Mr Label wears a few more microns from the soles of his Reeboks as he approaches the joystick and states that he is ‘cool’ at the game. Mr Cool loses his first life two minutes into the game — towards the end of the first level. In less than a minute, he recovers his composure, cranks his designer score up to 13,150 and completes Level One. Thereafter he loses lives at roughly one minute intervals, steadily building up his score until the last life goes at 9 minutes and 15 seconds with the clock at 33,200.
Evidently a practitioner of the Designer Endgame, this lad: he finishes as close to the expiry of the time limit as he can.
Aim: to achieve the shortest time for a three lap circuit of Silverstone
Demanding that he at least be allowed to leap into the saddle of a Moto Guzzi as he hasn’t seen this game before, our macho hero screams round the track, remaining firmly in last position for the entire first lap. He moves up to 35th place on the second lap. The third and final lap begins, and Mass finds himself back at the tail end. Some jostling improves his placing temporarily — he reaches 37th place — but manages to regain his tail-end placing in time for the finish line. The race ends after 2 minutes and 43 seconds of dubious riding.
Not a designer game, this one, in the opinion of Mr Trendful. Moan, gripe, complain “This is years old.” Admitting to having played the game “ages ago”, Stone zooms off and completes the first lap in one minute dead, attaining 30th place briefly. On the second circuit he shaves a few seconds off his lap time, crossing the line in 1 minute 53 seconds in last position.
An uneventful final lap sees Ben finish the race in a total time of 2 minutes and 44 seconds — in last place. Not a leader of the pack when it comes to biking...
“Har Har” quoth the weedy one, “I played this one back in the good old days before I got a Commodore”, and settles down in front of the screen.
A slight problem is encountered on the first corner, which has the Rignall rump in danger of severe damage, but a rapid recovery is made and the noxious creature gets into his stride, attaining 17th place during the first lap. He fares less well on the second lap, dropping to last as he crosses the finishing line for the second time. A minor recovery takes place in the final lap and Rignall takes the chequered flag with a time of 2 minutes 40 seconds.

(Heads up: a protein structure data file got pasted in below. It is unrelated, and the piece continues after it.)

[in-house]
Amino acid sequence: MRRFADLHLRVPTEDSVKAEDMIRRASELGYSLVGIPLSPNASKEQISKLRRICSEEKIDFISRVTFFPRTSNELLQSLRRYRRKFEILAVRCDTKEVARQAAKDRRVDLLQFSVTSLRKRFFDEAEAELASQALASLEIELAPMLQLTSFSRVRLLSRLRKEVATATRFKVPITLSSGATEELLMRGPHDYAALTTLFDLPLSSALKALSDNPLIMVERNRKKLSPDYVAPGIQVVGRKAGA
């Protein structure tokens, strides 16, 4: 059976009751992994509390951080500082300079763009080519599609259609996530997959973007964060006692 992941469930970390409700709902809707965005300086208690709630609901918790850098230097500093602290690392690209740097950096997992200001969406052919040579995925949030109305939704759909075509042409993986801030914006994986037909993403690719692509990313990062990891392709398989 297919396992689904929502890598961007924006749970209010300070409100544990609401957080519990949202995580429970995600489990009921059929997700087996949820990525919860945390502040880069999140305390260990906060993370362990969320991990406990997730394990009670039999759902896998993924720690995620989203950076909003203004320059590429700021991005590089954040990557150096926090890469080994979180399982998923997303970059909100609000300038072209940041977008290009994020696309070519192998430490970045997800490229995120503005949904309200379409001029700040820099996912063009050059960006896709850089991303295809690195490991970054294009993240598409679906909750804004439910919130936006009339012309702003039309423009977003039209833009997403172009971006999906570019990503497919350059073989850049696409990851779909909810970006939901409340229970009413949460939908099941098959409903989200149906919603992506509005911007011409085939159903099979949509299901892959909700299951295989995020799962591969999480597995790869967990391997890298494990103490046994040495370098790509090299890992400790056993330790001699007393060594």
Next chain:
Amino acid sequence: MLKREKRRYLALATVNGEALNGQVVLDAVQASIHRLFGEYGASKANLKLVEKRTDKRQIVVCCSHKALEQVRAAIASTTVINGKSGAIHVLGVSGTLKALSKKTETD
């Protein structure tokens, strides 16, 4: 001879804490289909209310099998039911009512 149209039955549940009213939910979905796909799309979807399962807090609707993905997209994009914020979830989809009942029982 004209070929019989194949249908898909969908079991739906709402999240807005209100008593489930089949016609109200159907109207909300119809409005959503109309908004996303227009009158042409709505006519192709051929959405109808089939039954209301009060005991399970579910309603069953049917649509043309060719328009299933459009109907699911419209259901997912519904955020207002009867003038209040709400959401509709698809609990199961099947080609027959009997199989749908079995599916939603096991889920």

Clearly this is Skippy’s game. He proves to be rather good at it, burning round the track and gaining first position with ease. He suffers a collision during the first lap, but isn’t penalised too badly in the event, crossing the winning line with a time of 2 minutes 30 seconds, 12 seconds ahead of the first of the computer controlled bikers.
Strange, I would have expected the ZZAP! Dirty Tricks Department to have swung into distraction action with loud references to Skippy’s girlfriend, but they remained silent. Odd. Most odd indeed...
There’s nothing cute or cuddly about motorbikes, and seeing as the Cornish Clot hasn’t played this game before, no-one in the arena seems to believe that the AMTIX! Accolader is going to fare very well.
Gripping the joystick as if it was a handlebar is not the brightest way to play the game, the assembled throng points out, and eventually Dick Ed stops living up to his name and sets out on the gruelling ride. He gets off to a decidedly shaky start, weaving all over the track, and is soon miles behind all the other riders. Even with no other riders in sight, the Cornish Pixie seems to be suffering from clotted reflexes and has severe difficulty remaining on the track.
Eventually he catches up. He keeps nudging other bikes repeatedly yet manages to make his way to 33rd place at one stage during the second lap. Disaster strikes: he hits several bikes, falls into last place and drags over the line in a time of 2 minutes 42 seconds — a surprisingly good time, given his riding abilities.
More moaning: “It’s like a poor man’s Super Cycle”. Winge, complain. No doubt the wide-jawed, joystick-trousered one is suffering from a lack of hairspray, for his morale seems to be drooping a little, along with his strangely coiffed hair. “The flickering bikes are putting me off”, he winges, bumping his way around the track.
An uninspiring ride from such a self-proclaimed game player — high spot of the three laps is the brief moment when Penn squeaks into 36th place, but he manages to finish 39th in 2 minutes 41 seconds. A fairly close matched ride all round, with Skippy justifying his personal choice by a comfortable margin.
Aim: to score as many points as possible in 10 minutes
More designer complaining from the Effete One. His first game lasts a little over two minutes in which Ben claws his way to a score of 6,480. Apparently he has played this game a little, but from his performance he might as well not have bothered...
Game Two gets off to a slightly better start — 10,580 points are on the clock when the first life goes, but then the second, third and fourth lives are all lost on the walls and no extra points are gained! Wasteful playing, indeed.
After a couple of hundred seconds, Wave One has been negotiated and the score pushed up to 11,380. When he finally expires — with 3 minutes playtime available to him, Stone throws in the towel and gives up. Pusillanimous play indeed.
The soft, wimpy Eddy likes Sanxion. The soft, wimpy Eddy rapidly proves he’s not very good at playing Sanxion. Three games are played in a little over three minutes and 2,700 is the highest score reached.
Game four gets off to a slightly better start — only two crashes in the first 30 seconds — but before long D-Ed is having problems again, flying slowly, shooting slowly and bumping into things. What this Cornish Patsie needs is something big and colourful and girlie like Trapdoor. I despair of him.